Friday, May 21, 2021

A Flight to the Finish: The Late Charles Grodin in Midnight Run

I come from a family of accountants. In my experience, CPAs tend to be hard-working straight shooters who put in long hours on the job and wouldn’t dream of getting wild and crazy. That’s one of the reasons I got a kick out of Midnight Run, the 1988 film that was a career highlight for the late Charles Grodin. This action dramedy, also starring Robert De Niro in one of his earliest comedic roles, tells an intricately plotted tale of an ex-cop-turned-bounty-hunter hired to apprehend an accountant who has filched a mobster-client’s ill-gotten gains and donated them to charity. In order to get paid by a hot-tempered bail bondsman, De Niro’s Jack Walsh must transport nebbishy Jonathan Mardukas (Grodin) from New York to L.A. On the trail of the two men are some mobsters, a rival bounty-hunter, and the FBI, led by the towering, glowering Yaphet Kotto. All of whom want Mardukas for their own purposes.

 De Niro, of course, is adept at playing a tough guy with a soft center. At first the movie is all his, as he exercises his considerable skills at lock-picking as well as tracking down missing accountants. Once he finds Mardukas in NYC and plunks him onto an L.A.-bound 747, we’re slightly  disappointed that his quarry seems no more than a buttoned-down prig with a fear of flying. But in this film bland looks can be deceiving. As the two men travel together in trains, cars, and buses, we begin to suspect that Mardukas—so quick to trot out his financial opinions and persnickety health advice—is more complicated than he seems. That’s when Grodin’s apparently milquetoast character blossoms into someone with his own unexpected talent for larceny and much else. And it’s not giving much away to say that by the end of the film he and De Niro’s Jack have reached a meeting of the minds that is totally satisfactory.

 Charles Grodin’s long screen career began in the late 1950s with a lot of episodic television. He was a finalist in the search for the right young actor to play Benjamin Braddock in The Graduate, and always clung to the story that he’d been offered the role but then, for some reason or other, turned it down. (When I was writing Seduced by Mrs. Robinson, the film’s producer, Larry Turman, insisted to me that – despite Grodin’s outstanding reading in a casting session – he was never chosen for the role.) Personally, I suspect Grodin would not have been the right choice to play Benjamin, who behaves very badly in the course of the film but still must have the audience in his corner. As Mike Nichols himself has noted, there’s a sweetness about Dustin Hoffman’s screen persona that makes people root for him, no matter what. Grodin, though, is more off-putting, even when he’s hilarious to watch. His own breakthrough role was in 1972’s The Heartbreak Kid, directed by Mike Nichols’ one-time artistic partner, Elaine May. Like Benjamin, the film’s Lenny Cantrow (Grodin) behaves outrageously once he’s fallen in love. But instead of succumbing to the charms of  someone innocent and pristine like Elaine Robinson, Lenny falls hard for a beautiful, worldly-wise WASP (Cybill Shepherd) while he’s on his honeymoon with a nice young woman from his own community (played by May’s actual daughter, Jeannie Berlin). Yes, it’s funny, but he’s VERY hard to like.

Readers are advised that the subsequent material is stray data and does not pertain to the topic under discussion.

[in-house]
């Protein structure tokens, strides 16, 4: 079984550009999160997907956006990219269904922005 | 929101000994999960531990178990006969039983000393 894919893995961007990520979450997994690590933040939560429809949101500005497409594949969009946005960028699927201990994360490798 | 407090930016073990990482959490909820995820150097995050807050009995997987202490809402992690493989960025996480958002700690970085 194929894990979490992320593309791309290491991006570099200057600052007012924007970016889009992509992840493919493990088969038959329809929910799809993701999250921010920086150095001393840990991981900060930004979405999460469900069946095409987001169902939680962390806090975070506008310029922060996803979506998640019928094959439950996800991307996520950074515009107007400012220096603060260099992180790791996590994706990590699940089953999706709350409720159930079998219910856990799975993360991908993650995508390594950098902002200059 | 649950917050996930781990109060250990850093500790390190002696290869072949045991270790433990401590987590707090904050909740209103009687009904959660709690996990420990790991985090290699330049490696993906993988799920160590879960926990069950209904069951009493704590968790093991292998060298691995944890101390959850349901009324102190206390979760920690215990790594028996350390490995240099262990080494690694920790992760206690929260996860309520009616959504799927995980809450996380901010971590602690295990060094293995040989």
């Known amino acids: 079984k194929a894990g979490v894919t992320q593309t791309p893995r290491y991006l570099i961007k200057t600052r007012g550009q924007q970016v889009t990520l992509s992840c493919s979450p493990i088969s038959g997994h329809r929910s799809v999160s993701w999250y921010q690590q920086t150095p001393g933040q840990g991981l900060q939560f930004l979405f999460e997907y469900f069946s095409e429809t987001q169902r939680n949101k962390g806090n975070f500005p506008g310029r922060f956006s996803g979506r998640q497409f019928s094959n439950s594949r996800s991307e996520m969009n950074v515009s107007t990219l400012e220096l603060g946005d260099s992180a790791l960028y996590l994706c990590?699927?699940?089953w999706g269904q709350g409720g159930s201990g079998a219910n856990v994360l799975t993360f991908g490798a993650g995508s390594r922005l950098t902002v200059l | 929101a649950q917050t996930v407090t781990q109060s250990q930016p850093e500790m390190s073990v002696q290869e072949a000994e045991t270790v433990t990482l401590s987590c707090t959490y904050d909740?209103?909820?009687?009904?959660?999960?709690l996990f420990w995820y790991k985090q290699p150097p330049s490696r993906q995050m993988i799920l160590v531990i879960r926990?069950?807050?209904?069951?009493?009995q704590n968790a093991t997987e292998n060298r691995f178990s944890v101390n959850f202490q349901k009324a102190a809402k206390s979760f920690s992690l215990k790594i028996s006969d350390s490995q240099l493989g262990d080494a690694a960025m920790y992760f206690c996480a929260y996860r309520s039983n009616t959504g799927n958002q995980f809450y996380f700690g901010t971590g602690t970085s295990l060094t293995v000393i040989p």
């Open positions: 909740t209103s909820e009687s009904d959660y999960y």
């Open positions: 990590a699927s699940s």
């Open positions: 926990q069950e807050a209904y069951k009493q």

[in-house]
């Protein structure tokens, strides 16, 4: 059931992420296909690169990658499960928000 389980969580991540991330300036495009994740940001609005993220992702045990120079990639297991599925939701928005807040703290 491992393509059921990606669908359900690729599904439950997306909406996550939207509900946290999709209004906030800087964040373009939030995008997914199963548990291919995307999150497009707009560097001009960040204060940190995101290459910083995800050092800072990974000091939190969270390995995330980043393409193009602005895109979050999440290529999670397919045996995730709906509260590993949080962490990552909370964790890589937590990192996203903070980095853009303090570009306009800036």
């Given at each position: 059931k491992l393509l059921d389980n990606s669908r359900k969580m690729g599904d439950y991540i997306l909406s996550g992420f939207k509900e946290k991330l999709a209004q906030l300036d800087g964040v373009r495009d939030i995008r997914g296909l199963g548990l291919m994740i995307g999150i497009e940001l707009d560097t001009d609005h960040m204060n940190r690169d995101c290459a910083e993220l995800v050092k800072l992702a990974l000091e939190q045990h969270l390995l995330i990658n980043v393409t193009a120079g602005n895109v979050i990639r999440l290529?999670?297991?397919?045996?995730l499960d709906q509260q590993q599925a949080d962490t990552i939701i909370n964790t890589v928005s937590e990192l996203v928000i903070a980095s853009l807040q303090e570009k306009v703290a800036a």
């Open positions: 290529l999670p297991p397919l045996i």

Grodin’s whole career has been based on playing characters who are ambiguous in their appeal. One critic complimented the “inspired spinelessness” of his film roles, even in family movies like the Beethoven series. He’ll be sorely missed.




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